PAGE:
Monkeys riding dogs and bears wearing tutus, while driving a buggy. These kind of stunts might make a few tourists laugh at one Vietnamese resort, but others call it 'torture island'.
Perhaps the most famous beach in Southern Vietnam is Nha Trang, known for its sandy beaches, palm trees and warm water. But just a few kilometres away lie two tourist resorts, both offering free circus attractions.
Animal welfare charity Animals Asia's latest report reveals the extent to which the animals who live there suffer.
The island Hon Lao is also called Monkey island due to the fact that there are herds of monkeys living there. Those who have been trained by punishment are forced to do sickening tricks like riding a motorbike in tiny costumes or taking part in swimming contests.
The rest of the day - 23 hours - they spend in tiny cages separated from each other.
"They have no ability to carry out any of their natural behaviours," says Animal welfare director at Animals Asia Dave Neale.
In a neighbouring tourist destination, managed by the same company, called Long Phu, endangered animals like moon bears, and even an elephant, are forced to perform.
"We saw the bears have metal rings through the nose and then a string", says Neale. "We saw the keepers obviously pulling at it - which is incredibly painful for them. And that happens both during the circus shows, but also after the show."
The moon bears are forced into tiny cages while the elephant is kept on a chain.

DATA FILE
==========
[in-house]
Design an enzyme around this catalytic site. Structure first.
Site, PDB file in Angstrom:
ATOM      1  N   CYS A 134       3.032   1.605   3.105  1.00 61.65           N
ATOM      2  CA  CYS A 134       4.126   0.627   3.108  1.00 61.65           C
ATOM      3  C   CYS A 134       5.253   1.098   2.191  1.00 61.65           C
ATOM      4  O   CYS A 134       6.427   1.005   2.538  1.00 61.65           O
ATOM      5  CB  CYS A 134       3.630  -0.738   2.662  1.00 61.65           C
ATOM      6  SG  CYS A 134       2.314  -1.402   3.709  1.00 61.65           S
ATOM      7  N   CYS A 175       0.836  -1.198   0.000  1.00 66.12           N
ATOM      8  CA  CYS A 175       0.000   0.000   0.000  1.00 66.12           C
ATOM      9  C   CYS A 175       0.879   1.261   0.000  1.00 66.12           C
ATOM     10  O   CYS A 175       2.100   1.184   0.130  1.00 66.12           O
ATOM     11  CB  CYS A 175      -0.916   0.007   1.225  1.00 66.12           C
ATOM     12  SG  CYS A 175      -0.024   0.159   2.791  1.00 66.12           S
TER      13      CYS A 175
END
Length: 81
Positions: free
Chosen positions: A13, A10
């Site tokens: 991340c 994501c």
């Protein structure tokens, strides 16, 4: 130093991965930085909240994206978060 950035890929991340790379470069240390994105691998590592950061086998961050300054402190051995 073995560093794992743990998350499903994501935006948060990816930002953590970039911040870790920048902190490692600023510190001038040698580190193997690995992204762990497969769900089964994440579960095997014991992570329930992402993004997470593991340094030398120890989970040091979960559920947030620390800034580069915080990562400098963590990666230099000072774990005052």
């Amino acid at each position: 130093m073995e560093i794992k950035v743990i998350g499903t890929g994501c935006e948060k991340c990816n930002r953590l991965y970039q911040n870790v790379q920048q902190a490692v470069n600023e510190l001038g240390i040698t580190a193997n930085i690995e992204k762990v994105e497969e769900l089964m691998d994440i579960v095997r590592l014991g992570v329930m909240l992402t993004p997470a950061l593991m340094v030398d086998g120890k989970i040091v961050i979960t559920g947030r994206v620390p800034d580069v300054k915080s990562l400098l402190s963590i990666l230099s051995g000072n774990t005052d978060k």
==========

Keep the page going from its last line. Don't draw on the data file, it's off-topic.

Tripadvisor feedback about the resorts acknowledges that the animals look fearful and sick. One tourist even dubbed Monkey island 'torture island'.
Is it legal to use endangered animals in circuses?
A 2019 directive from the Vietnamese government states that endangered animals, which include bears and elephants, “shouldn't be used for commercial exploitation,” says Neale.
"But it doesn't specifically state that using them for circuses is classed as commercial exploitation."
The NGO is working with the government to stop circuses using animals in the country. Animals Asia has also offered to help relocate these animals.
“We've made that offer to both the national government and the local provincial government as well as to the company. But at the moment the company hasn't responded to us," says Neale.
The NGO has recently released a report about animal abuse within Vietnam’s circuses. There are still 17 facilities using wild animals for entertainment in the country.
Watch the video above to see how the animals are treated in the two tourist resorts.